A pressure balance valve has a single control that regulates the ratio of hot to cold water that flows out of the fixture. There is no true volume control with a PB valve. When the valve is turned on, 100% water volume passes through. The more the valve is opened, the hotter the temperature gets. Pressure balance valves have a maximum temperature limit that is set at the time of installation, which provides scald protection for families with children. The temperature stop is usually set not to exceed 120ºF. This can be adjusted.
The most common scenario that people think about is how the shower reacts when a toilet is flushed. The tank of the toilet will need more cold water to refill after the flush, so there will be less cold water for the shower. In this scenario, the PB valve automatically reduces the amount of hot water as it senses this. The pressure remains constant and so does the temperature.
How a Pressure-Balance Valve Works
A pressure-balance shower valve works by maintaining a balanced flow of water between the hot and cold side. They do not actually sense the temperature of the water. The valve has either a balancing spool or a diaphragm inside the valve body that reacts to drops in the pressure of one incoming water supply (either hot or cold) and adjusts the outflow of the opposite water supply to match. This ensures that the water doesn’t get suddenly colder or hotter as it emerges from the spout of the showerhead. Sudden changes in supply water pressure may reduce the outflow of water from the showerhead, but it will not change the temperature.
Thermostatic (TS) Shower Valve
Thermostatic Valves have two control valves. One controls the pressure, and one controls the temperature. TS valves also provide maximum temperature limits that provide scald protection. These valves allow the user to set the temperature completely independent of the volume.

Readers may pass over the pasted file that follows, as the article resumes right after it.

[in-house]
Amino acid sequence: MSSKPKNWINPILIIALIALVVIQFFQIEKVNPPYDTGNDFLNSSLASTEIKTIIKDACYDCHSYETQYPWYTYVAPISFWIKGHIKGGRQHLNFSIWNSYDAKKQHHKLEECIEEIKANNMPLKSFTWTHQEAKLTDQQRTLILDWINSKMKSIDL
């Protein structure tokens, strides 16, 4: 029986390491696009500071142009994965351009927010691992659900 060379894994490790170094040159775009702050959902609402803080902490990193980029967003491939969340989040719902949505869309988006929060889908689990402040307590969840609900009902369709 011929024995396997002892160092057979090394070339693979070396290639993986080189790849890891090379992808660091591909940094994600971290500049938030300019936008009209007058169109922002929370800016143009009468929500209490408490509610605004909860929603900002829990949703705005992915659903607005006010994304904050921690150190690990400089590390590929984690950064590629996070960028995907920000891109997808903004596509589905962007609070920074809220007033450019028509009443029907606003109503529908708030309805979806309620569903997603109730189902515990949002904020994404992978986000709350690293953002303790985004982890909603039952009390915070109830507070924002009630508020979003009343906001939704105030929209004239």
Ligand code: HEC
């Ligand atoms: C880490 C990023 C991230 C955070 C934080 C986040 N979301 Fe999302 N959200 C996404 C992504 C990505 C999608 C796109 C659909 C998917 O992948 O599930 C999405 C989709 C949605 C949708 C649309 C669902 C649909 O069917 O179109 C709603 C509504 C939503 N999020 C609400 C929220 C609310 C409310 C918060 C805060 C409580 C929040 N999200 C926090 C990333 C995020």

The water temperature remains the same, no matter if the water is trickling or running full blast. This type controls the temperature to within one degree of whatever setting you establish with the temperature control. The chosen temperature will remain at the same setting after you turn the water off, so the next shower will automatically be set exactly where you left it. Thermostatic shower valves are regarded as far superior to pressure-balance valves, but they are also more expensive.
Today, many TS valves act as both a TS and TV. Therefore, it is possible to have a single TS valve performing the work of 2-3 TVs. This removes “shower wall fixtures clutter”, creating a less busy shower.
TS valves make it easy to find the correct temperature every time. Thermostatic valves also allow the user to control the volume. Therefore, you can enjoy a very hot temperature at low volume. The opposite is also true. PB valves do not have that capability.
How a Thermostatic Shower Valve Works
Thermostatic shower valves use a more sophisticated mechanism. It actually senses the temperature of the water rather than merely reacting to the volume of flow between hot and cold inputs. A wax element inside the shower valve expands or contracts in reaction to heat. This changes the amount of water allowed in from each inlet. While this might sound virtually the same as the less expensive pressure-balance valve, there are key advantages:
- The temperature remains the same no matter what volume you set. This makes water conservation easier.
- You can set the water heater at a high-temperature setting. However, the shower valve itself can be limited so that the water temperature never reaches a scalding level. This allows washing machines, dishwashers, etc., to use much hotter water than you want in a shower or bathtub.